Have you ever wondered how the date for an HIV/AIDS Awareness Day is chosen?
Every community has its own story about the origin of its observance, but March 20, the date on which National Native HIV/AIDS Awareness Day (NNHAAD) is observed each year, was chosen deliberately to coincide with the first day of spring.
For many indigenous peoples—including American Indians, Alaska Natives, and Native Hawaiians—the time around the spring equinox marks a time of commemoration, renewal, and rebirth.
That is why March 20 is an ideal day to observe NNHAAD. It’s a day to remember and honor those who have passed on; to renew our commitment to HIV prevention, care, and treatment; and to thank those who care for and support people who are living with, or at risk for, HIV in our communities.
It’s also an opportunity to encourage everyone to learn more about how the Indian Health Service (IHS) and Native communities across the nation are working together to implement the Ending the HIV Epidemic (EHE) initiative and the Ready, Set, PrEP patient assistance program in Indian Country.
IHS has a strong commitment to ensuring that our efforts focus on the four “pillars” of EHE:
- Diagnosing people with HIV as early as possible.
- Treating people with HIV rapidly and effectively to achieve sustained viral suppression.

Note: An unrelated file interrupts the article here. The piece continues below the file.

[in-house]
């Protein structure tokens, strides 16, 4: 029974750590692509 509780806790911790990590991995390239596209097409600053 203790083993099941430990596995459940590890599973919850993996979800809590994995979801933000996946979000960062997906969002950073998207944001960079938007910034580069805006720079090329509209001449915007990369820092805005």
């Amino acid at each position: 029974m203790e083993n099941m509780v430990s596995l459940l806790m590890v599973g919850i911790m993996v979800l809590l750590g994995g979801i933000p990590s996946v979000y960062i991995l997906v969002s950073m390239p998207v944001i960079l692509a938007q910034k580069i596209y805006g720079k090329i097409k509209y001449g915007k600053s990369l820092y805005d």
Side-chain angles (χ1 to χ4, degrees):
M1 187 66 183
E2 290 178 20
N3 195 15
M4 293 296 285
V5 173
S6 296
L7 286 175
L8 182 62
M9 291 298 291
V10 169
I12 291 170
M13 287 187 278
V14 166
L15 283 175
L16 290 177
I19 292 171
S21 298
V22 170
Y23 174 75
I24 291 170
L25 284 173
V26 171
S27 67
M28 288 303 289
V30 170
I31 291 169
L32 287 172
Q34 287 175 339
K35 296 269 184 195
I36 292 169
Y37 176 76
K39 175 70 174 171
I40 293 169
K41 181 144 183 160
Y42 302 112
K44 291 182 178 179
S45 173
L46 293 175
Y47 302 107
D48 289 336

- Preventing new cases of HIV by using proven prevention interventions (including PrEP medications).
- Responding quickly to potential new HIV outbreaks to get prevention and treatment services to those who need them.
Ready, Set, PrEP is a key component of EHE. The program provides PrEP HIV prevention medications at no cost to those who lack prescription drug insurance.
With resources from the Minority HIV/AIDS Fund (MHAF), IHS has been able to provide funding to our partners, including the National Indian Health Board, the Northwest Portland Area Indian Health Board, the National Council of Urban Indian Health, the Cherokee Nation Health Services, and Tribal Epidemiology Centers to begin implementing EHE and Ready, Set, PrEP. In fiscal year 2019, with resources from the Minority HIV/AIDS Fund, IHS awarded $7.9M to IHS, tribal, and urban Indian healthcare organizations to help end the HIV epidemic in Native communities.
IHS also supports the National Native HIV Network, which is responsible for NNHAAD. The Network includes representatives who live and work in Native communities around the country. Network members give advice to IHS on the most effective ways to implement HIV prevention, testing, and treatment efforts for Native peoples.
Through all these partnerships, IHS is working to ensure that all Native people have access to the care and treatment they need to protect their health if they are already living with HIV, and to prevent new HIV transmissions.
The “winter” of HIV has lasted almost 40 years now. Today, we celebrate the return of spring, with its promise of new life and hope. Working together, we can ensure we fulfill that promise for Indian Country and the United States as a whole.
Find out about the new, free PrEP Training for Community & Public Health Staff e-learning modules for providers working with American Indian/Alaskan Native clients.